MR. MORASH: The standard of training, I was just wondering if you could enlighten me as to what the standard of training is for the paid and volunteer firemen who are working. NFPA has come up on occasion and I was wondering if that was the standard you use or is it a department by department type thing that takes place?

MR. KELLY: I use the standard NFPA 101 and the standards equally apply to both career and volunteer.

MR. MORASH: Okay, thank you.

MR. CHAIRMAN: Thank you, Mr. Kelly. Do we have any other presenters?

MR. STEELE: Mr. Chairman, while everyone is thinking about whether they want to step up to the microphone, last night we were in Oak Hill near Bridgewater and in talking to people afterward several people said, I was thinking of coming up and then they said really helpful, intelligent things and I know some of you are probably thinking I should go up to the microphone, so this is your big chance to say something. I am also wondering if there is anybody here from the municipality, any of the local municipalities interested in speaking because the other groups that had expressed some reservations about the costs associated with the Act are the municipalities. I know I would and I am sure others on the committee would be interested in hearing the municipalities' point of view. So those are just a couple of thoughts for you as you consider whether you would like to make a presentation.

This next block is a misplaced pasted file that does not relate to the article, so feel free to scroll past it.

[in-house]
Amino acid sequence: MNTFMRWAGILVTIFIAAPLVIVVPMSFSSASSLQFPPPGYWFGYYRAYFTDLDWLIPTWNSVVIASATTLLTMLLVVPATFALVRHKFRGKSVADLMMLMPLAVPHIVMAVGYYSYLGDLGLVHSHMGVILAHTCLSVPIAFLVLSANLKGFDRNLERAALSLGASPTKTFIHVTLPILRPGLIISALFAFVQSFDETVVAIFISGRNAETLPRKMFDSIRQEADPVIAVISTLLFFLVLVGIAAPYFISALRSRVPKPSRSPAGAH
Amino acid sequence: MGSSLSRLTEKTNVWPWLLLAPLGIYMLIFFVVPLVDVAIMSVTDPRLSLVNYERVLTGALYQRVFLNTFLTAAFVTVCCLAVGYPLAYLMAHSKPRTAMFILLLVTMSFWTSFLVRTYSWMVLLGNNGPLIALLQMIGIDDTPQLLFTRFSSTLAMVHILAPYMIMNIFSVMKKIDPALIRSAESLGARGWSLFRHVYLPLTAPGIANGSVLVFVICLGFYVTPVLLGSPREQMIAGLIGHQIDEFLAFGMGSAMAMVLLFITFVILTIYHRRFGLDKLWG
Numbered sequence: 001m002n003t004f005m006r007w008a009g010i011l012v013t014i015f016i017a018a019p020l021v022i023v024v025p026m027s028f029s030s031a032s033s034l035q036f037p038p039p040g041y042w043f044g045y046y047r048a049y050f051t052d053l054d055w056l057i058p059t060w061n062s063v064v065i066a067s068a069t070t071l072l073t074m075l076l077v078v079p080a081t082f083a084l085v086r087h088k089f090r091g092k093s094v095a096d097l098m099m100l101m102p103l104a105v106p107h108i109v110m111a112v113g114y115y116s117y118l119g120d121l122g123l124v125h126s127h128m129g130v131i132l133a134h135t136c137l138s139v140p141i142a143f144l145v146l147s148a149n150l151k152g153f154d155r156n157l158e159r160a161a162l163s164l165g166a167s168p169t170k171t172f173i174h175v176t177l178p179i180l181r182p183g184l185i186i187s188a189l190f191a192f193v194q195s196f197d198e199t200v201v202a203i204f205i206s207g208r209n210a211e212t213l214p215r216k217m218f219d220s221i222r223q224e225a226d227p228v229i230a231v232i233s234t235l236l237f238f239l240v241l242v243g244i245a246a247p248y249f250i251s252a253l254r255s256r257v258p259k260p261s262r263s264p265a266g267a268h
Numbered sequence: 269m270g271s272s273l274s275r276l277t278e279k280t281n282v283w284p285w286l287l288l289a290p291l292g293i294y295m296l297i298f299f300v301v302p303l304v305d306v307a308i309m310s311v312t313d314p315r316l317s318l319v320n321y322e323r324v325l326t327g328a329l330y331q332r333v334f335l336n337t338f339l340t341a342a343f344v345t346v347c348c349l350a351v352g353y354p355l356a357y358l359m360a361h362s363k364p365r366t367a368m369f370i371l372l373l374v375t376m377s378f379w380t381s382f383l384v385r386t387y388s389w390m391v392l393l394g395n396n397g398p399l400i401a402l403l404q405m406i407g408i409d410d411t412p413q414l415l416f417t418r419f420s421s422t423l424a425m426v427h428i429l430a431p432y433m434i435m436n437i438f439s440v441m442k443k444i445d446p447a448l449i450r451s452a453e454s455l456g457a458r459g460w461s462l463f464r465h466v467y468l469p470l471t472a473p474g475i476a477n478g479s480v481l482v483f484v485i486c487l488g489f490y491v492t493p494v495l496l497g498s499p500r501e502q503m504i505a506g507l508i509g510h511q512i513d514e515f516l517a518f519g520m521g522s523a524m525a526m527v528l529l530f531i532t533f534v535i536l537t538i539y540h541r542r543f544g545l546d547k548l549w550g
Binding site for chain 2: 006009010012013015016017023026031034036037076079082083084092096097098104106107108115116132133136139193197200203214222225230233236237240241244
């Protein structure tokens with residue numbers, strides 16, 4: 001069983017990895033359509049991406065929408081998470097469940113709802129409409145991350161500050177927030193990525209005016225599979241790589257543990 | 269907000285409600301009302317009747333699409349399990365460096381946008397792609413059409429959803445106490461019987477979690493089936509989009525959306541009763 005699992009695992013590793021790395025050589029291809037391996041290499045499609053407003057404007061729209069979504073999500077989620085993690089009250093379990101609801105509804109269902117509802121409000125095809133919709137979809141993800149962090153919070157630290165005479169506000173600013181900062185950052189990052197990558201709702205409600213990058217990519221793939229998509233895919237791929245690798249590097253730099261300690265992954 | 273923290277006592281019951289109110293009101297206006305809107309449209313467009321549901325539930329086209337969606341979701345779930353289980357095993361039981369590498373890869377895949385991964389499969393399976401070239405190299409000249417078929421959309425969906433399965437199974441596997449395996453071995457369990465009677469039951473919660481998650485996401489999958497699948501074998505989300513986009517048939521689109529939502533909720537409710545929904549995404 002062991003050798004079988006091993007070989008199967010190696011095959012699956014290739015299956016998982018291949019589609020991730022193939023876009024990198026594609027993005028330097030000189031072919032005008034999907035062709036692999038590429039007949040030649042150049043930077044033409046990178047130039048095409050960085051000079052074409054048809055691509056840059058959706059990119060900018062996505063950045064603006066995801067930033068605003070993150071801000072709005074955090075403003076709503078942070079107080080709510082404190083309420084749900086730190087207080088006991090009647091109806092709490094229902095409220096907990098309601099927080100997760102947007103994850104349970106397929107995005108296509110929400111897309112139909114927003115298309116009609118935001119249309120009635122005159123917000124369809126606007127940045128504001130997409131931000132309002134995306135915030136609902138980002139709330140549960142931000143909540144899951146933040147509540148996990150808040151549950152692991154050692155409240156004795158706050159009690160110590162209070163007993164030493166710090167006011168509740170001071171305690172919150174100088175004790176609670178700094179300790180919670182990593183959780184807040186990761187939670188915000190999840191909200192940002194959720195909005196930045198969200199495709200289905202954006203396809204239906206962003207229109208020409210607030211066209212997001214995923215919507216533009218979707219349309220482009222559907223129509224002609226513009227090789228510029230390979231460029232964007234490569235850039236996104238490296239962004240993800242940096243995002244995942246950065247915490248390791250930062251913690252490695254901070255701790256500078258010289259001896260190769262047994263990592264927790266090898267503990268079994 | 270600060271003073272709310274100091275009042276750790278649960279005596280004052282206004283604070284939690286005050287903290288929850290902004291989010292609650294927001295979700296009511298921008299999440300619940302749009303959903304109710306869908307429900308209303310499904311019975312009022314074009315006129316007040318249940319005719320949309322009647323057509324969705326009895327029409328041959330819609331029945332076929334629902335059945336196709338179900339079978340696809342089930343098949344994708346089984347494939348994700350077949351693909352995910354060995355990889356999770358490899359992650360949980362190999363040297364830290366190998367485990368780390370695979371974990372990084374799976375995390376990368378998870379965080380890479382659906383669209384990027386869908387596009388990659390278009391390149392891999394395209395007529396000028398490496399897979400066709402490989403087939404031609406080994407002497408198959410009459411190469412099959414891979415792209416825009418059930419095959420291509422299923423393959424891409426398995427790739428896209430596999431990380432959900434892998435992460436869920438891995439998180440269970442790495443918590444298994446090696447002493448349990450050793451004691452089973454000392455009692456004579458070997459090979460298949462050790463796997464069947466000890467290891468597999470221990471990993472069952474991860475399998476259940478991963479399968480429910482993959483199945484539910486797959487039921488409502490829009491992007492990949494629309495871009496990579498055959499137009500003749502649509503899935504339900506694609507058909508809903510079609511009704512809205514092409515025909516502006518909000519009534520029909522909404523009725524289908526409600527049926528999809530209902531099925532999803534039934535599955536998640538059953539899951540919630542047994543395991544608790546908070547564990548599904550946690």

MR. ROBERT AMIRAULT: Good evening, Mr. Chairman and committee members. My name is Robert Amirault, I am a Deputy Warden for the Municipality of Argyle. I am chairman of the fire committee for our municipality. I would like to go back to some of the comments when Mr. Kelly was making his presentation.